Common Core Standards to be Used to Indoctrinate First Graders For the Good of the Collective.

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posted on May, 25 2013 @ 12:19 PM
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reply to post by burntheships
 





The database includes test scores and attendance as well as learning disabilities, supposedly collected as a way to profle children, in cooperation with School Districts. This information is then stored, and provides a detailed view of students' educational experiences.


Sound like that "Permanent Record" that my teachers were always threatening us with. "I hope you know this is going to go on your permanent record!"




posted on May, 25 2013 @ 12:24 PM
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reply to post by ElectricUniverse
 


Aaaaaaaaand that's why my wife and I are home schooling our son.


Common Core or not.

Just having our son talk about our time together on the shooting range would probably get him ousted at an American school.
His reading and math and language skills are already above his grade level, why put him in an environment where they won't encourage and promote his learning?



posted on May, 25 2013 @ 12:26 PM
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reply to post by burntheships
 


Now THIS is a big problem, and scary.

We use a state-wide database for tracking student achievement. It's called NCWise, but we are switching to a new database this fall.

Everything on the database is information that schools have always kept in the cumulative folder for each student. I could ask for mine, from when I attended school in the 80s and early 90s, and see the same info. Grades, attendance, teacher comments...it's all there and all the same.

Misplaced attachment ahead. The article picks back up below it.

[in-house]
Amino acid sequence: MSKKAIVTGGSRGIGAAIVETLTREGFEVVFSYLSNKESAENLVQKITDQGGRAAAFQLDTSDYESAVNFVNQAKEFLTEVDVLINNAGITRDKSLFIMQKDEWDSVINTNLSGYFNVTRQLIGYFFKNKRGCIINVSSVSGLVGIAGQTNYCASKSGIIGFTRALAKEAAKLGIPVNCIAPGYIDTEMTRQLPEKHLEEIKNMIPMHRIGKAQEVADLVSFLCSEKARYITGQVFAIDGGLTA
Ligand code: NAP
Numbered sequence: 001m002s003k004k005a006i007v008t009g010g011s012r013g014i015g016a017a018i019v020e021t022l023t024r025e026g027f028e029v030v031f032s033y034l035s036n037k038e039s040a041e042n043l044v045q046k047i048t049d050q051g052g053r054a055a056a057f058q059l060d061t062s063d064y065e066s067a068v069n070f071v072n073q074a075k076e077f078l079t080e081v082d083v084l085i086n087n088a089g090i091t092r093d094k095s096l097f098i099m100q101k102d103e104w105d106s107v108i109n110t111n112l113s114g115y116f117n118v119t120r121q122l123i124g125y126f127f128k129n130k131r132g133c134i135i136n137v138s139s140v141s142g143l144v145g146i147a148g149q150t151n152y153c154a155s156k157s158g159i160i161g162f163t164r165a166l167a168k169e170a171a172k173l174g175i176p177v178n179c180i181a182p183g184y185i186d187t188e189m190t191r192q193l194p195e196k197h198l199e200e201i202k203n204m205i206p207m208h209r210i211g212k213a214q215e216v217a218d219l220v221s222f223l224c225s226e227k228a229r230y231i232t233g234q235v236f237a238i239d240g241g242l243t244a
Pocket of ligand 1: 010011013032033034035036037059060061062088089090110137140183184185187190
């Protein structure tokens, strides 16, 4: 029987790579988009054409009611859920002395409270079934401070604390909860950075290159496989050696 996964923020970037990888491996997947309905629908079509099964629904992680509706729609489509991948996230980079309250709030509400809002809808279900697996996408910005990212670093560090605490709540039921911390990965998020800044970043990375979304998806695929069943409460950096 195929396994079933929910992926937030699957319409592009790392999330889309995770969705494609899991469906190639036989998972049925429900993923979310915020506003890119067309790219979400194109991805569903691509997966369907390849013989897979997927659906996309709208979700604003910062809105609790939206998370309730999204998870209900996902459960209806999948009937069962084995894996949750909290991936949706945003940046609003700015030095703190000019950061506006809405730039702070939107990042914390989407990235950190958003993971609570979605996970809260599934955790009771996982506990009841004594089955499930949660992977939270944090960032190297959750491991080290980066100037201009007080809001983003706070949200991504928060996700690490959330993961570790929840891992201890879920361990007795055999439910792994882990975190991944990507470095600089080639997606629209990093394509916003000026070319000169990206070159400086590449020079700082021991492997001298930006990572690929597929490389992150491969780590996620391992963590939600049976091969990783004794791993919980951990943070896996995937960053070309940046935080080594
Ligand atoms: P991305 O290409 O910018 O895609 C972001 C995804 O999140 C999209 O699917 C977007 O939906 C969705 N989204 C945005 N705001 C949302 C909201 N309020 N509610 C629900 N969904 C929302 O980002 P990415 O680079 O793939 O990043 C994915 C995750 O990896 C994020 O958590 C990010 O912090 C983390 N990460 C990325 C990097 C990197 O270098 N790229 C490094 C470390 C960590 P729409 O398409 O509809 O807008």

The only thing that's changed is putting this info in an online database. Of course we are told this is highly secured, but I'm sure a determined and skillful hacker could access the info. I have no understanding of hacking, but that seems a safe bet to make.

I'm far more concerned about who has the right to see this info, and why parents aren't involved in the process. This is confidential material, and should stay that way.

I'll be addressing this to my school board at the next session. Or I'll try to...many times they won't let me speak. Not just me, anyone. (I'm not that big of a deal, lol). But I'll pursue this and let you guys know what I find.



posted on May, 25 2013 @ 12:29 PM
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Originally posted by beezzer
reply to post by ElectricUniverse
 


Aaaaaaaaand that's why my wife and I are home schooling our son.


Common Core or not.

Just having our son talk about our time together on the shooting range would probably get him ousted at an American school.
His reading and math and language skills are already above his grade level, why put him in an environment where they won't encourage and promote his learning?


Good for you, Beez. I wish we had the same option. Luckily we can help our son after school and over the summer. A lot of parents can't.

With NCLB, we teach to the lowest common denominator. Who gets left out now? The kids ahead of the curve.

Makes me want to throw my hands in the air and give up on education.

Deep breaths, deep breaths, deep breaths.



posted on May, 25 2013 @ 12:35 PM
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Originally posted by smyleegrl


With NCLB, we teach to the lowest common denominator. Who gets left out now? The kids ahead of the curve.